International Herald Tribune – 5 March 2003
The streets of Ramallah, unlike those of most other West Bank cities, are usually free of Israeli soldiers. Despite appearances, however, the army has stamped its control on the West Bank’s capital as certainly as its tanks have left deep tread marks on all the city’s roads.
Nowadays soldiers move in only occasionally from their entrenched positions around the city to patrol the streets, make arrests or further humiliate the Palestinian leader, Yasser Arafat, who is holed up in the only building in his compound of offices not bulldozed by the Israeli army.
But while the Palestinian Authority leader lies cowed in his Ramallah lair, the city continues to display its proudest, and strangest, emblem: a huddle of four lifesize stone lions, each in a different pose and gazing off to the horizon along the four points of the compass.
Work began on the statues in the heady years of the Oslo process and after the return in 1994 of the Palestinian leadership from its exile in Tunis. The lions were given the most prominent place available, at a central roundabout known as the Manara, which is every visitor’s first taste of the city. The Manara was much filmed last year because it provided the backdrop to violent clashes between Ramallah’s militants and the Israeli army.
There is much speculation among Ramallans about these lions, which were hewn from stone in China. It is generally accepted that they represent the city’s four great hamulas, or families. But there is far less agreement on why the biggest, which is sitting upright on his hind legs, is wearing an improbably large wristwatch on a front paw. There are as many explanations as Ramallans to be asked. One popular theory is that a scaled-down model was sent to China with a decorative ribbon attached to the paw. The Chinese, baffled, assumed it was supposed to represent a watch and carved it accordingly.
But, Hassan Mitwalli, an IT worker, claims to know the true story. He says that, after the lions had been designed, a computer expert was entrusted with generating a virtual 3-D model on compact disk to be sent to the Chinese. Aware of the city’s parlous finances, he introduced the watch as a “virus” into the program. It was an insurance policy: were he not paid, he would refuse to remove the watch. Apparently he never got his money.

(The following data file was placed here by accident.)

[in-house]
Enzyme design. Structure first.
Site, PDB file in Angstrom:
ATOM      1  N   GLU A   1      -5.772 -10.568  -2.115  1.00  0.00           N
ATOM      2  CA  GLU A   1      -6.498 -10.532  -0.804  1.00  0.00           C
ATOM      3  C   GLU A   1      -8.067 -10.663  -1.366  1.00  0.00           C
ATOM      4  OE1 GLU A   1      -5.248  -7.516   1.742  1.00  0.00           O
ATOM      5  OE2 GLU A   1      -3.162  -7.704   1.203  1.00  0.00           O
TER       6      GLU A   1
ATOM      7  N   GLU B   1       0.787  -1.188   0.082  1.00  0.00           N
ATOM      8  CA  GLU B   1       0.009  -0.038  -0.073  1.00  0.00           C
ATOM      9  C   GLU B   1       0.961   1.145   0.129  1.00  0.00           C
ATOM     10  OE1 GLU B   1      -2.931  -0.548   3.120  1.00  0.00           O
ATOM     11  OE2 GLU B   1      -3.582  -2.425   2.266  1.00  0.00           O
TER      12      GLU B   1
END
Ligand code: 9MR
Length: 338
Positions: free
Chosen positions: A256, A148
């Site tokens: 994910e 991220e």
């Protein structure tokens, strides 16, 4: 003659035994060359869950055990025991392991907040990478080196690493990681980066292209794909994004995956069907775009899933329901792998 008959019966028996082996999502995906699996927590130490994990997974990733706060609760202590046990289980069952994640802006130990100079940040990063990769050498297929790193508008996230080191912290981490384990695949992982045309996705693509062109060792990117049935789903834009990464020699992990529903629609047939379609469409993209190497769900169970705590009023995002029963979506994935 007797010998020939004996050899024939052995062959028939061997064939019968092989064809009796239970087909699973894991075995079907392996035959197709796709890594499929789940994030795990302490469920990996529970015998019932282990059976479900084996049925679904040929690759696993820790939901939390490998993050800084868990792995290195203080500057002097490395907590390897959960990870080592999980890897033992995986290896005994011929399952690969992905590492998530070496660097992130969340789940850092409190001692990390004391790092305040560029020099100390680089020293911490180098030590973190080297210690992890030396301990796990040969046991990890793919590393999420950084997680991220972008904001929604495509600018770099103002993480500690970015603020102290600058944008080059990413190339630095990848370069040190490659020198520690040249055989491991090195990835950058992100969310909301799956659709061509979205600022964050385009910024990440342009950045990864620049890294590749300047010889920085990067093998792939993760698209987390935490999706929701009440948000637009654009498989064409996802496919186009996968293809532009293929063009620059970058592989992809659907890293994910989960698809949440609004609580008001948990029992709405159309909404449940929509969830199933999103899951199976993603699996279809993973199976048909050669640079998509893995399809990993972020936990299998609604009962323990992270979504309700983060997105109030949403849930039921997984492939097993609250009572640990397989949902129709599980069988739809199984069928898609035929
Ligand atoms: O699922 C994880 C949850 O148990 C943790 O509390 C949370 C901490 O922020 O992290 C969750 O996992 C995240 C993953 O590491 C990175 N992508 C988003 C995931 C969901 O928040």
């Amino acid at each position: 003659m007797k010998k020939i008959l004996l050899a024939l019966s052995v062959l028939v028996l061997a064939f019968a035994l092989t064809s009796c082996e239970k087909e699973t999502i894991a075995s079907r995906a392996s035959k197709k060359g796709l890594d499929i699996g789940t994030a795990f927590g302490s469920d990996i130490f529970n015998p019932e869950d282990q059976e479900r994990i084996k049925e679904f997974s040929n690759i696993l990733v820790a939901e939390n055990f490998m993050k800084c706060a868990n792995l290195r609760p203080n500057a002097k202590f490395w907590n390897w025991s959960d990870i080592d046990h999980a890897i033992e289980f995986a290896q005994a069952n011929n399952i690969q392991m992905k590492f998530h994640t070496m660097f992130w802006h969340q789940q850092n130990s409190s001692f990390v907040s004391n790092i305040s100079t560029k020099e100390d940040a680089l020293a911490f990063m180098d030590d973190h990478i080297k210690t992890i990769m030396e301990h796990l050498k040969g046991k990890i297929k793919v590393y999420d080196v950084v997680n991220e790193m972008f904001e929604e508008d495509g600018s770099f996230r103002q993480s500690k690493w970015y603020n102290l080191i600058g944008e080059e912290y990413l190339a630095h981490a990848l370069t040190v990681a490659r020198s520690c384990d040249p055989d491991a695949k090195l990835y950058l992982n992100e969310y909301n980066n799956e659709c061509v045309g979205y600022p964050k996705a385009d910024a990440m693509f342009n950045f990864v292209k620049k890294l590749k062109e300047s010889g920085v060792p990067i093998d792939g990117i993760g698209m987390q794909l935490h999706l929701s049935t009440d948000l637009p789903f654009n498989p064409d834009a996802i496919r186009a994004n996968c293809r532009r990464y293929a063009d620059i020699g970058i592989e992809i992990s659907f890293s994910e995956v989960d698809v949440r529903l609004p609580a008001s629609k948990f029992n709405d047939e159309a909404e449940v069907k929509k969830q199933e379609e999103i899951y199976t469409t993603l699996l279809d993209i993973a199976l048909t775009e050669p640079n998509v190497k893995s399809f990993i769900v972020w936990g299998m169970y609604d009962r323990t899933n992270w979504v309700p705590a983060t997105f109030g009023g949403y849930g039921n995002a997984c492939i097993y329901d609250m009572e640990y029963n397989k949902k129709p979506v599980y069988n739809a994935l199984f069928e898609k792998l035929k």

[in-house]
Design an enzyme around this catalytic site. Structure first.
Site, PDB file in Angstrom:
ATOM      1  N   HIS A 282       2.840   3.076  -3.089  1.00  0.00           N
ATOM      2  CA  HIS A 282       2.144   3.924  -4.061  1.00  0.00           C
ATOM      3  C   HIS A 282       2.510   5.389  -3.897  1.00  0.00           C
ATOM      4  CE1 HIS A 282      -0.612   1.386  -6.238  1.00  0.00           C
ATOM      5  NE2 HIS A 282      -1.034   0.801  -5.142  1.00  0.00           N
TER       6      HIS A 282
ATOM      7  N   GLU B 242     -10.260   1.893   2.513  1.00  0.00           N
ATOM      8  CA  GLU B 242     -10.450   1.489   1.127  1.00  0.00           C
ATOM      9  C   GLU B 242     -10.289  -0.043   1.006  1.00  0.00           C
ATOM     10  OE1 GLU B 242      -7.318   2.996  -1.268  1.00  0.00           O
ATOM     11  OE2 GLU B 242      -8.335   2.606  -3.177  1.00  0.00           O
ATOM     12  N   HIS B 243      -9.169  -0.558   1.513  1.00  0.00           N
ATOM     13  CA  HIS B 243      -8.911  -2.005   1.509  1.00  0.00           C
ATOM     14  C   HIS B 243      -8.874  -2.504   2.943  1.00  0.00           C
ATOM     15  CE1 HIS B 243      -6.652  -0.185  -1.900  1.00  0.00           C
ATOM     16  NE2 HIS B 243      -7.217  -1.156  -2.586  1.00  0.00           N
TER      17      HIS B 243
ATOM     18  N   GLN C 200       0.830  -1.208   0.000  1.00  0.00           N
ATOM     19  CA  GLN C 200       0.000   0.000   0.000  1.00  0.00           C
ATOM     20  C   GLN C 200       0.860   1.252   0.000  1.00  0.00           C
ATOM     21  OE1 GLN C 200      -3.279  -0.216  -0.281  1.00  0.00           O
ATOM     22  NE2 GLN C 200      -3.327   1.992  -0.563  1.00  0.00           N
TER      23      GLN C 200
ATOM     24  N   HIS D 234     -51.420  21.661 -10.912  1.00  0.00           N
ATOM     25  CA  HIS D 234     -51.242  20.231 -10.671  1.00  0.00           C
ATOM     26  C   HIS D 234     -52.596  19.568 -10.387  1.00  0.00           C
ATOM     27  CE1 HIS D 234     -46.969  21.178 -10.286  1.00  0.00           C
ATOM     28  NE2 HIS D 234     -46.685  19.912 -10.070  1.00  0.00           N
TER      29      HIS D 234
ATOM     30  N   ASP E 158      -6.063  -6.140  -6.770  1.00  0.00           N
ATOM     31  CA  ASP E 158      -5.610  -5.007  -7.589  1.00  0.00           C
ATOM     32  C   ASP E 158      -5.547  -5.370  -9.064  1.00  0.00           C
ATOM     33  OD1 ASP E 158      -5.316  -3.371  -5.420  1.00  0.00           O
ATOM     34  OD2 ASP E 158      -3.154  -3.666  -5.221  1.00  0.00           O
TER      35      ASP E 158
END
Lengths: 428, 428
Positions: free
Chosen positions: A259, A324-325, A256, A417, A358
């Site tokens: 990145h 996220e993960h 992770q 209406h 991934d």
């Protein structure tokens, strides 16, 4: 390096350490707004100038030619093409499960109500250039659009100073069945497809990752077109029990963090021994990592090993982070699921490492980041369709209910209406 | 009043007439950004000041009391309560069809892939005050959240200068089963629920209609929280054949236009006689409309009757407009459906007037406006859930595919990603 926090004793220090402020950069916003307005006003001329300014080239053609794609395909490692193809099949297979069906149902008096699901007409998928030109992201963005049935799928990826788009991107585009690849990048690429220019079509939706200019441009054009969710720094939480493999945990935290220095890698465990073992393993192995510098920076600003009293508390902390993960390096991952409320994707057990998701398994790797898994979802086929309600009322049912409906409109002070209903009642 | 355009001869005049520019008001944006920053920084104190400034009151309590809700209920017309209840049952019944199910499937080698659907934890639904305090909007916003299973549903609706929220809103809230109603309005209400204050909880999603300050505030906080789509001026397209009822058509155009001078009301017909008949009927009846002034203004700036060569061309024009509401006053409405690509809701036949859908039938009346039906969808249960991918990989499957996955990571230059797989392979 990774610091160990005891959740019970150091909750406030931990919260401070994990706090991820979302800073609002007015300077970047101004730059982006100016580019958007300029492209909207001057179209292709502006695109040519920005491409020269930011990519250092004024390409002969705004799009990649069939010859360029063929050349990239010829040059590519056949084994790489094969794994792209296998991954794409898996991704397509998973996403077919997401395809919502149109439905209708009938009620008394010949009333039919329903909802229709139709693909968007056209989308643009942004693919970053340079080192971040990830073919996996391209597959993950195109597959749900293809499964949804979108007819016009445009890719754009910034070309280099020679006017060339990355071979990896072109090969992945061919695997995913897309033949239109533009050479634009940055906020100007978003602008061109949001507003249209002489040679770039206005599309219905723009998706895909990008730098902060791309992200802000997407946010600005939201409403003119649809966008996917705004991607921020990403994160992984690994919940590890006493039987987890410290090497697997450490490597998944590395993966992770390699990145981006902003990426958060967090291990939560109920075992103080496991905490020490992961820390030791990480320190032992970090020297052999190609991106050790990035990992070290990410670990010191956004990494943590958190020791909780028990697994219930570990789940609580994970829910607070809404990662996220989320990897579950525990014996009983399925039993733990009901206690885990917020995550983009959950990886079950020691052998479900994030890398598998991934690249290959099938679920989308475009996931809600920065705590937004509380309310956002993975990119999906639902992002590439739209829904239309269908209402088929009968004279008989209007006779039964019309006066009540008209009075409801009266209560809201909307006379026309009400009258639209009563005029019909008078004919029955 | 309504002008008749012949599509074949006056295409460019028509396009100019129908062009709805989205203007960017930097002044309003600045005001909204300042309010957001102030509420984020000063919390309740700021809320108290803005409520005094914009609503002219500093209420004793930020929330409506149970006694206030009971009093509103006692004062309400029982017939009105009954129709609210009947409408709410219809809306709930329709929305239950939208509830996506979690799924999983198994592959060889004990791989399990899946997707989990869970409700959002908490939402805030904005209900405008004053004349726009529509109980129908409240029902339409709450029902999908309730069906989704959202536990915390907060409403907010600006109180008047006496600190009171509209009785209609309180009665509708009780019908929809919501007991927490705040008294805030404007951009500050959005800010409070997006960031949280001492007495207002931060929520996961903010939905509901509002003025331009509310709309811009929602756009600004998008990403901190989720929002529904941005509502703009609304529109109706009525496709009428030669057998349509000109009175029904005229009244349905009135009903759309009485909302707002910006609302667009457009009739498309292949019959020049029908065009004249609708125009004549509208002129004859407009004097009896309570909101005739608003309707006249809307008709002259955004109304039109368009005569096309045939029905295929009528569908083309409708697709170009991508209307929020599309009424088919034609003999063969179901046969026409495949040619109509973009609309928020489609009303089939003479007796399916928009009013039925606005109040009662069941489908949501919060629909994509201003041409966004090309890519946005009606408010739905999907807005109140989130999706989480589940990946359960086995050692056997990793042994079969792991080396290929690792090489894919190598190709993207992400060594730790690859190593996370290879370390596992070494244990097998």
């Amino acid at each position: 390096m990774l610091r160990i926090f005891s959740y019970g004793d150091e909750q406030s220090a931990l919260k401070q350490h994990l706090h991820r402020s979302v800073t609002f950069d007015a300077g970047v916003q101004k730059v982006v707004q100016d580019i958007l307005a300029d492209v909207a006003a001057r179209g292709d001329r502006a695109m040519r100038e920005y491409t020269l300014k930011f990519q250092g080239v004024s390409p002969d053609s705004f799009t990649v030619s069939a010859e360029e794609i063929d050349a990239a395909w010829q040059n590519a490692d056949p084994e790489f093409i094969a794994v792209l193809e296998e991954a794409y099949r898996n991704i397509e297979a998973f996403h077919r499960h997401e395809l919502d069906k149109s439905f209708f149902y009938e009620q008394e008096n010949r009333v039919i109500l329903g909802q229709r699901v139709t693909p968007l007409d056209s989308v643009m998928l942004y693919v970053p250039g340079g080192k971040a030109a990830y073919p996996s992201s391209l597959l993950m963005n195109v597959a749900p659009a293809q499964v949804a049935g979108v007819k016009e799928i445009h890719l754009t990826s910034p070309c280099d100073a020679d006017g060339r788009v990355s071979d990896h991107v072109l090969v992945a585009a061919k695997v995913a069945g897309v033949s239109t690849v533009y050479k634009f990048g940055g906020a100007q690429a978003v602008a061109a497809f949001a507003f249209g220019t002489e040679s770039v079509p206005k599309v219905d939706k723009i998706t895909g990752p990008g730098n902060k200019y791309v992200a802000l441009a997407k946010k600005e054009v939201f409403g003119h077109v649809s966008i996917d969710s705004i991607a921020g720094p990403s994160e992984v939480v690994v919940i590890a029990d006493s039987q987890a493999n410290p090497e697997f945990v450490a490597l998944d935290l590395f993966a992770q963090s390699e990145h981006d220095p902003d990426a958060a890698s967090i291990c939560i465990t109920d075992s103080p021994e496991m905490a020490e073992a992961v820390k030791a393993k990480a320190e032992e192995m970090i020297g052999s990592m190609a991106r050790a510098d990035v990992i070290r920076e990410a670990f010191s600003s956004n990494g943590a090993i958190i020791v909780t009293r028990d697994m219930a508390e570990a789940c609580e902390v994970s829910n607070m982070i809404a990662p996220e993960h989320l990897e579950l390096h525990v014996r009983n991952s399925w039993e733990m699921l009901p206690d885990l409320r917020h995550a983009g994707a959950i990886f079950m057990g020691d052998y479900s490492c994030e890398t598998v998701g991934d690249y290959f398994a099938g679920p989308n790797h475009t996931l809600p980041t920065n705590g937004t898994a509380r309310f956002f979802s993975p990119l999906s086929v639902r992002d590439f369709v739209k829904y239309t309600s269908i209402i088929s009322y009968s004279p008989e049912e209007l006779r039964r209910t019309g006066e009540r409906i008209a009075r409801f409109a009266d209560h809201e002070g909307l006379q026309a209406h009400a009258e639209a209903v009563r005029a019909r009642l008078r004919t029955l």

Majid Khatib, manager of the stylish Karameh coffee shop a short distance from the Manara and an Arafat loyalist, says the lions “represent our strength and our dignity.”
But today, the statues are no longer in the pristine state in which they arrived from China a few years ago. During the long military occupations of last year, when the army took over the center of Ramallah for weeks at a time, the lions took their share of anger vented by the soldiers.
Graffiti is scrawled in Hebrew and Arabic on their bodies; two have large black smudges painted over their muzzles, making it look as if they were sniffing a bomb as it went off cartoon-style; and all have had their tails snapped off.
The most majestic, lying casually on his plinth, has suffered a further indignity: his claws have been meticulously scratched away. Declawed, he stares along the road towards the infamous roadblock Israel has placed between Ramallah and nearby Arab East Jerusalem, long yearned for by Palestinians as the future capital of their state.
In their current condition, the lions look humbled. Like Ramallans they are caged by a ring of army checkpoints and military fortifications. But Saleh Abdel Jawad, a politics lecturer from Birzeit University, warns against assuming that the intifada, and Palestinian defiance, have been so easily subdued. “Just going about your daily life under this kind of occupation – traveling to work, going to school under curfew, crossing the checkpoints – is a form of resistance.”
Khatib says the lions’ presence gives Ramallans hope. “The soldiers have not been able to move or destroy the lions and they will not move us. We will wait patiently for our state.”